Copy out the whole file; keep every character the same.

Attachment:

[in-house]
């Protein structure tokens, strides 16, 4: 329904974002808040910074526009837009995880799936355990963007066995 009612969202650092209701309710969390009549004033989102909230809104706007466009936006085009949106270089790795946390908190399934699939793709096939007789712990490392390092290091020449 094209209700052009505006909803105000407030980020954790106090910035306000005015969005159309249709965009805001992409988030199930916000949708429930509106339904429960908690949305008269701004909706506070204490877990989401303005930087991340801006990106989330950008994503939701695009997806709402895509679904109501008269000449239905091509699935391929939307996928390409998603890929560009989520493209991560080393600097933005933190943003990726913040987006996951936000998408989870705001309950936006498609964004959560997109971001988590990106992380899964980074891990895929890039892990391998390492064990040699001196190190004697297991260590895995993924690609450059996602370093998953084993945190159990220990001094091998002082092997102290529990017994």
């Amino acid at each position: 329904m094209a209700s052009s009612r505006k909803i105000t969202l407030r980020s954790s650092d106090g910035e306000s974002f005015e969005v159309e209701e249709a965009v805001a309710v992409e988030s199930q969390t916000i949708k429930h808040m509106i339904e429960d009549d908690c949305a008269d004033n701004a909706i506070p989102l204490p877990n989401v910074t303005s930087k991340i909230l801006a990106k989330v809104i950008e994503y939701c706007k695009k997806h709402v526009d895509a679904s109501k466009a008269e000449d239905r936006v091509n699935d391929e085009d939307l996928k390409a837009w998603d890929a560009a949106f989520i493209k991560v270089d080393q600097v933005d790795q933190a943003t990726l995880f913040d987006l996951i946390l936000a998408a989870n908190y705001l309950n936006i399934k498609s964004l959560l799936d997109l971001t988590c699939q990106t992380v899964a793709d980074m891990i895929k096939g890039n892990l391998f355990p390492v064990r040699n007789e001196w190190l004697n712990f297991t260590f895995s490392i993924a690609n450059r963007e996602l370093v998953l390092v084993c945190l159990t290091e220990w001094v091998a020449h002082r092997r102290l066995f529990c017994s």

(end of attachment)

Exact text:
[in-house]
């Protein structure tokens, strides 16, 4: 329904974002808040910074526009837009995880799936355990963007066995 009612969202650092209701309710969390009549004033989102909230809104706007466009936006085009949106270089790795946390908190399934699939793709096939007789712990490392390092290091020449 094209209700052009505006909803105000407030980020954790106090910035306000005015969005159309249709965009805001992409988030199930916000949708429930509106339904429960908690949305008269701004909706506070204490877990989401303005930087991340801006990106989330950008994503939701695009997806709402895509679904109501008269000449239905091509699935391929939307996928390409998603890929560009989520493209991560080393600097933005933190943003990726913040987006996951936000998408989870705001309950936006498609964004959560997109971001988590990106992380899964980074891990895929890039892990391998390492064990040699001196190190004697297991260590895995993924690609450059996602370093998953084993945190159990220990001094091998002082092997102290529990017994």
């Amino acid at each position: 329904m094209a209700s052009s009612r505006k909803i105000t969202l407030r980020s954790s650092d106090g910035e306000s974002f005015e969005v159309e209701e249709a965009v805001a309710v992409e988030s199930q969390t916000i949708k429930h808040m509106i339904e429960d009549d908690c949305a008269d004033n701004a909706i506070p989102l204490p877990n989401v910074t303005s930087k991340i909230l801006a990106k989330v809104i950008e994503y939701c706007k695009k997806h709402v526009d895509a679904s109501k466009a008269e000449d239905r936006v091509n699935d391929e085009d939307l996928k390409a837009w998603d890929a560009a949106f989520i493209k991560v270089d080393q600097v933005d790795q933190a943003t990726l995880f913040d987006l996951i946390l936000a998408a989870n908190y705001l309950n936006i399934k498609s964004l959560l799936d997109l971001t988590c699939q990106t992380v899964a793709d980074m891990i895929k096939g890039n892990l391998f355990p390492v064990r040699n007789e001196w190190l004697n712990f297991t260590f895995s490392i993924a690609n450059r963007e996602l370093v998953l390092v084993c945190l159990t290091e220990w001094v091998a020449h002082r092997r102290l066995f529990c017994s």